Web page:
Before bathing and after dinner, I enjoyed some prunes for dessert. Prunes are one of my favorite ways to get my daily requirement of fruit but I rarely eat them because I hate the toots. Fortunately, eating them after dinner meant I was able to sleep through all the, er, music.

Wednesday, February 2, 2011

Going Grandma, Day One: Oatmeal, Meal Planning, and Corn Bread

I'm participating in the 2nd Annual NYC Fun-A-Day! The premise of Fun-A-Day is you pick a project to do everyday for the month of February, do it, document it in some way, then share your work the following month in a big group show. I'm choosing to "Go Grandma". Everyday this month I'll be either: doing one thing in a way a little more old-fashioned than I'd normally do it, doing something that sassy senior ladies are known to do these days, and/ or doing something particular to one of my own grandmas. I'll be garnering lots of inspiration from Erin Bried's superfun book, How to Sew a Button: And Other Nifty Things Your Grandmother Knew, as well as memories of my maternal great-grandmother Irene (a.k.a. Momma) and conversations with my paternal grandma Madeline (a.k.a. Grandma Lane), who I wish to spend more time with.

My inaugural Going Grandma breakfast was oatmeal. Momma had oatmeal for breakfast at least five days a week, if not six. And visiting her meant you had to eat oatmeal too. As a child, I hated oatmeal. It was always so simultaneously gelatinous and lumpy, not to mention cold by the time I finally stopped whining and started eating. Fast-forward 20 years and I love oatmeal! No offense to Momma, but I think I prepare mine better. Instead of plain Quaker Old-Fashioned with a light dusting of white sugar and a spot of skim milk, I made a bowl of steel cut oats tricked out with dried cranberries, pecans, walnuts, chopped apples, maple syrup, and a splash of soy milk. Although my oatmeal wasn't as modest as my great-grand's, I think she'd appreciate the similar spirit of health and thrift.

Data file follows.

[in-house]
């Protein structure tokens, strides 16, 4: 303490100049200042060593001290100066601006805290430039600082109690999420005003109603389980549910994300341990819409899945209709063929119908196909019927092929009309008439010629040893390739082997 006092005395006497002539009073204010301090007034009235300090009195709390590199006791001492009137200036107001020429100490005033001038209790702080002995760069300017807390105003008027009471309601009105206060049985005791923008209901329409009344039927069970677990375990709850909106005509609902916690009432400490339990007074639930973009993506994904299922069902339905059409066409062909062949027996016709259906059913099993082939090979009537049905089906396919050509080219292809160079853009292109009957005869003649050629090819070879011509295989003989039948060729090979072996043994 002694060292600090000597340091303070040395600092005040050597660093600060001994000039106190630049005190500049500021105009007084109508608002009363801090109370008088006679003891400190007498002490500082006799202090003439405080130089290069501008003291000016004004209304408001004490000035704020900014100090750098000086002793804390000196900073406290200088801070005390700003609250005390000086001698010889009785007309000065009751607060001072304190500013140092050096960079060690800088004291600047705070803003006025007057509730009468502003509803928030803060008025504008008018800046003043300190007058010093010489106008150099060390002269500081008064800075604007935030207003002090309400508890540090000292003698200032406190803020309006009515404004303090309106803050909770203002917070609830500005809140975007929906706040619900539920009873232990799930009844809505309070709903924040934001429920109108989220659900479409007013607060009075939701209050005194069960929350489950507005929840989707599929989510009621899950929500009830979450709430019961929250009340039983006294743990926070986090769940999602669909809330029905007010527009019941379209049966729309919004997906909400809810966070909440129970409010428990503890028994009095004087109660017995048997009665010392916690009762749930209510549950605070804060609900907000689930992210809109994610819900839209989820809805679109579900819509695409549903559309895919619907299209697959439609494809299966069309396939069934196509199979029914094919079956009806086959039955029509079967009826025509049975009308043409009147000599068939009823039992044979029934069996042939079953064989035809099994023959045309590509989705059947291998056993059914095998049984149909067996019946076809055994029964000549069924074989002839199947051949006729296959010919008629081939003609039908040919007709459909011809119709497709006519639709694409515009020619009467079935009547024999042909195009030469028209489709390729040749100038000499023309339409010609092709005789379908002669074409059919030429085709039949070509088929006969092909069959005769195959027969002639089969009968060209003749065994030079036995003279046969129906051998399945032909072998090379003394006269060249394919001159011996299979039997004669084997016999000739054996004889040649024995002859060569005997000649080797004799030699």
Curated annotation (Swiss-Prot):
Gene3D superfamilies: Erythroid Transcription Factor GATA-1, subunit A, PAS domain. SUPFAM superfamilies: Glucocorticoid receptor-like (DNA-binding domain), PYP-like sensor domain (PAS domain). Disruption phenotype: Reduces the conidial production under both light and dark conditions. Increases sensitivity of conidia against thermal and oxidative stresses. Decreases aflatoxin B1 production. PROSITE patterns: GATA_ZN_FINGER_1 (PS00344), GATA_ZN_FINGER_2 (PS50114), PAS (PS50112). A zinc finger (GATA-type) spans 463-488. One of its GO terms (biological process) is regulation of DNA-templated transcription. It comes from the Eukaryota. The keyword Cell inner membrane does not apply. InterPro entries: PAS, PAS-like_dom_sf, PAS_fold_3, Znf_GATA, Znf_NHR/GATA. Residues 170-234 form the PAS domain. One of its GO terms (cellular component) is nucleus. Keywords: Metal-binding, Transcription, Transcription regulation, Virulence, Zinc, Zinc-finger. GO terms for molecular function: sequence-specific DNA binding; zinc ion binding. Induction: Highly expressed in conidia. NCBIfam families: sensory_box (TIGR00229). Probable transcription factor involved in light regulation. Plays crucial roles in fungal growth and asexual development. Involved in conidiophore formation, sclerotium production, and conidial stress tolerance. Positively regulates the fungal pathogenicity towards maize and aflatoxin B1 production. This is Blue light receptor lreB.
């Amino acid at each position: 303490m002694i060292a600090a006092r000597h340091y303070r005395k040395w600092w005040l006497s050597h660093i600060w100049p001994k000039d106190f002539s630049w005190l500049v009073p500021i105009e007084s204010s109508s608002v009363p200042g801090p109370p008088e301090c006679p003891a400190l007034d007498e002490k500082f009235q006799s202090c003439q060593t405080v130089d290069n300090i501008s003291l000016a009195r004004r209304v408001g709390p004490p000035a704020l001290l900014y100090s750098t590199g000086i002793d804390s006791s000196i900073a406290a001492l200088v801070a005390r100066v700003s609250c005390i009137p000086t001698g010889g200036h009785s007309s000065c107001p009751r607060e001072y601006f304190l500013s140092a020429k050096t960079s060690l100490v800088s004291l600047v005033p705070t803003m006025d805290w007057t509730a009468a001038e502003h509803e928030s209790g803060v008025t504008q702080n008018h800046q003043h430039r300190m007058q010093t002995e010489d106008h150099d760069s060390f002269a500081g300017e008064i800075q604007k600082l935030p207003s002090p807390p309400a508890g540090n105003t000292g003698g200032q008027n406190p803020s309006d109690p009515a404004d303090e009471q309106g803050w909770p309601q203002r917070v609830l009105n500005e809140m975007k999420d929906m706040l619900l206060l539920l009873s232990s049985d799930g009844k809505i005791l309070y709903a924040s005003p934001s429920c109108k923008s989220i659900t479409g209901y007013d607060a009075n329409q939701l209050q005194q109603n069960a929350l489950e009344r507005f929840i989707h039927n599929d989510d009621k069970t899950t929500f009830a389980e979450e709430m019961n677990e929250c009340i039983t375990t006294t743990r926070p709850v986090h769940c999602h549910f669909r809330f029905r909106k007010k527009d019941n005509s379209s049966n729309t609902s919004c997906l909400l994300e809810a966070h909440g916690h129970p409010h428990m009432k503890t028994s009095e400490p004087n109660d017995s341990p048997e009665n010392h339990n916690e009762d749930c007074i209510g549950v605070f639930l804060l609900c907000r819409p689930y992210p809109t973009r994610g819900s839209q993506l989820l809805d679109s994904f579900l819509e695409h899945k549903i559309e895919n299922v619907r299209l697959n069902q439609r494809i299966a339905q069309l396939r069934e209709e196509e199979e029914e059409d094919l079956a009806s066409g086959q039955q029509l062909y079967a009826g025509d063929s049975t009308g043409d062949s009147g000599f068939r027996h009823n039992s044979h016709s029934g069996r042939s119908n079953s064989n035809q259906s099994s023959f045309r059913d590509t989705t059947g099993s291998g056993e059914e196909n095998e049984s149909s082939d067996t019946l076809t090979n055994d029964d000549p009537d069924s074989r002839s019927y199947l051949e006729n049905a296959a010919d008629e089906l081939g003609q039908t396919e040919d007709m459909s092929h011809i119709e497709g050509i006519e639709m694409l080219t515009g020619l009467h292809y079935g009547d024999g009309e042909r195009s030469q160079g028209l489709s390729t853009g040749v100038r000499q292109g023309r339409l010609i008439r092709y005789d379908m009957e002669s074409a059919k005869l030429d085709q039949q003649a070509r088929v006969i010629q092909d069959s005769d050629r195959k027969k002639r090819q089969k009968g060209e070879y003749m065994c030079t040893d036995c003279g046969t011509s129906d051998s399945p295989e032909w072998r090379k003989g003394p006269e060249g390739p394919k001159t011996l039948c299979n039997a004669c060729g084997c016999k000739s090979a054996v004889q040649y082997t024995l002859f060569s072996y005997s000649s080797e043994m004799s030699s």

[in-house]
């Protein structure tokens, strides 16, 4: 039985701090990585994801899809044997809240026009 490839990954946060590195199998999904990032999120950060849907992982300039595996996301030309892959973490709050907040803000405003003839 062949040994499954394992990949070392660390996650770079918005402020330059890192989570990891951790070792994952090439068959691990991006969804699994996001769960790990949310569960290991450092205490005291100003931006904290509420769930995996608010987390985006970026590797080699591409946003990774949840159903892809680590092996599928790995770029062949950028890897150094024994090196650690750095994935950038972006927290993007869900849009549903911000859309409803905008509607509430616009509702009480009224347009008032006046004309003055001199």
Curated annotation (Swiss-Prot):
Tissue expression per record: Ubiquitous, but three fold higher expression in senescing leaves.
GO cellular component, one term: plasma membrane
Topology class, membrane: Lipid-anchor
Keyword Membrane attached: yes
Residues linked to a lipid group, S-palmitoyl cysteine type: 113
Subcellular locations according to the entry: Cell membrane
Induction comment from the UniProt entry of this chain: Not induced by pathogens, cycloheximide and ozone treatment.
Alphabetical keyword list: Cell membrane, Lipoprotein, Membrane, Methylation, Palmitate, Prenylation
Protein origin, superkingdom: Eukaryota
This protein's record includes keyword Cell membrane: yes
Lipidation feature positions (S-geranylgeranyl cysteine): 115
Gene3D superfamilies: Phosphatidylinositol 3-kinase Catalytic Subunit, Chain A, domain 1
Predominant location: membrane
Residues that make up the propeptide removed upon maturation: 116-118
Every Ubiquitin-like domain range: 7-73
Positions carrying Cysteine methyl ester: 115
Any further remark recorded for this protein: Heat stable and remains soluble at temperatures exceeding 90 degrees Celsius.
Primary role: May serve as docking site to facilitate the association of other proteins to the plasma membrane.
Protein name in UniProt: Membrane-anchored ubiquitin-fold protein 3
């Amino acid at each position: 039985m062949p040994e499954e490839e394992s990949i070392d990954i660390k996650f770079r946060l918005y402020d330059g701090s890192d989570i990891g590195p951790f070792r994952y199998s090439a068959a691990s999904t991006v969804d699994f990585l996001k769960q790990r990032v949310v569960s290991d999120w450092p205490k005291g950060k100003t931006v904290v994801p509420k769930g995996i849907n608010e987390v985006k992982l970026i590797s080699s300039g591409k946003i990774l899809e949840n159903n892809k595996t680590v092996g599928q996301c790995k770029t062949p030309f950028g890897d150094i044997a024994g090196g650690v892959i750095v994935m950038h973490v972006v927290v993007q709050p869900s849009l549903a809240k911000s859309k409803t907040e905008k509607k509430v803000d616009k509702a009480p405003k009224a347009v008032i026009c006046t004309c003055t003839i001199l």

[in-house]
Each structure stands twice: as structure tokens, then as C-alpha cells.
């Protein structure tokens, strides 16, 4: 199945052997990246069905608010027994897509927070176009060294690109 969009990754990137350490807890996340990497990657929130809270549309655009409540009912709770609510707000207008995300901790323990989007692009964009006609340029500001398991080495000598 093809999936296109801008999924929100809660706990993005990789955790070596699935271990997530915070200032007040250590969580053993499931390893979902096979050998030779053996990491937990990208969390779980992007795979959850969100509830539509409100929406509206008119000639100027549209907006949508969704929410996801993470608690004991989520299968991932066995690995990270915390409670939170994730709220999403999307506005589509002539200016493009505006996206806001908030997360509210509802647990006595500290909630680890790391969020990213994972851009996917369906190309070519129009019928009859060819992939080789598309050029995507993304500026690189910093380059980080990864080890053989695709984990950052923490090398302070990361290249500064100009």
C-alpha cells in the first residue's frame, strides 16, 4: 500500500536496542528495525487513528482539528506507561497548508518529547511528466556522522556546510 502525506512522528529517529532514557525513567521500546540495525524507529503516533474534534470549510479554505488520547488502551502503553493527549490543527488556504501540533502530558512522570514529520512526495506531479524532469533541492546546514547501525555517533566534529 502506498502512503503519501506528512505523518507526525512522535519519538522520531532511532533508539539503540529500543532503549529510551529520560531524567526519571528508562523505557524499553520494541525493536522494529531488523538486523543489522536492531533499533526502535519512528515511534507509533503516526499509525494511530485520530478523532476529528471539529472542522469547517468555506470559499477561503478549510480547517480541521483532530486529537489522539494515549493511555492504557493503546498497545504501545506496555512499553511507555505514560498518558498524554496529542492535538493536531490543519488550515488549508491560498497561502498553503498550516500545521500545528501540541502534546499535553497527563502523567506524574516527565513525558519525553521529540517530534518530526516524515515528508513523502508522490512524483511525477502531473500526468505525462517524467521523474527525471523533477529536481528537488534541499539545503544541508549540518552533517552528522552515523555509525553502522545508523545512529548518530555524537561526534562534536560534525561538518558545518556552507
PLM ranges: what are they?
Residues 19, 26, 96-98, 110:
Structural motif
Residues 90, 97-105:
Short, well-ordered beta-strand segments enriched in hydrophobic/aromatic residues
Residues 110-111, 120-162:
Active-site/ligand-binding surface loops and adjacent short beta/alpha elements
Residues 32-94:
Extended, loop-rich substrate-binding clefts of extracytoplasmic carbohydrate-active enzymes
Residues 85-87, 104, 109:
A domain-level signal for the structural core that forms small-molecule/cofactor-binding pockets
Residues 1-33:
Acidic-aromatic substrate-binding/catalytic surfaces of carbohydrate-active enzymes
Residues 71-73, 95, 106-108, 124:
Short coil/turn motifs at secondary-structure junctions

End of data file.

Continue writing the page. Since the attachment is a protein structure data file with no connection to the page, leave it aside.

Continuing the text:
Not photogenic, but still tasty.
Today I also took a cue from Erin Bried and planned my meals for the week according to the instructions in her book. (You can read this section on Google Books.) Planning meals for the week is nothing new for me, but this was the first time I took a sheet of paper, made a column for each day, and plotted what dishes I would be making each day. This made it easy for me to open my weekly-planner and plan meals based on Richard's and my activities. I'm pretty sure I saved some money and reduced waste because I almost scheduled a fourth entree until I saw we have a dinner invitation on Monday and realized Richard's birthday is Saturday so we'll probably dine out.  As a visual person, I'm not sure I would have considered those things if I hadn't seen it mapped out like that.

My final grandma activity was making skillet corn bread. I followed a recipe from The Real Food Daily Cookbook. I can't use my family recipe because I don't eat dairy, but who would miss it? The vegan recipe didn't stray far from the traditional one and resulted in fluffy, moist Southern-style savory (and slightly sweet) deliciousness that would make my Momma proud. As an aside, this bread was at least thrice as good as my first attempt making the same recipe a month ago. I think a great deal of this was due to my swapping out our flour. If you don't remember when you purchased your flour, it's probably not worth baking with. I'm sure your grandma would tell you the same thing.

I served the cornbread with Spicy Sweet Potato Black Bean Stew (recipe from ReadyMade) and sauteed broccoli. This has nothing to do with grandmas. I'm just braggin'.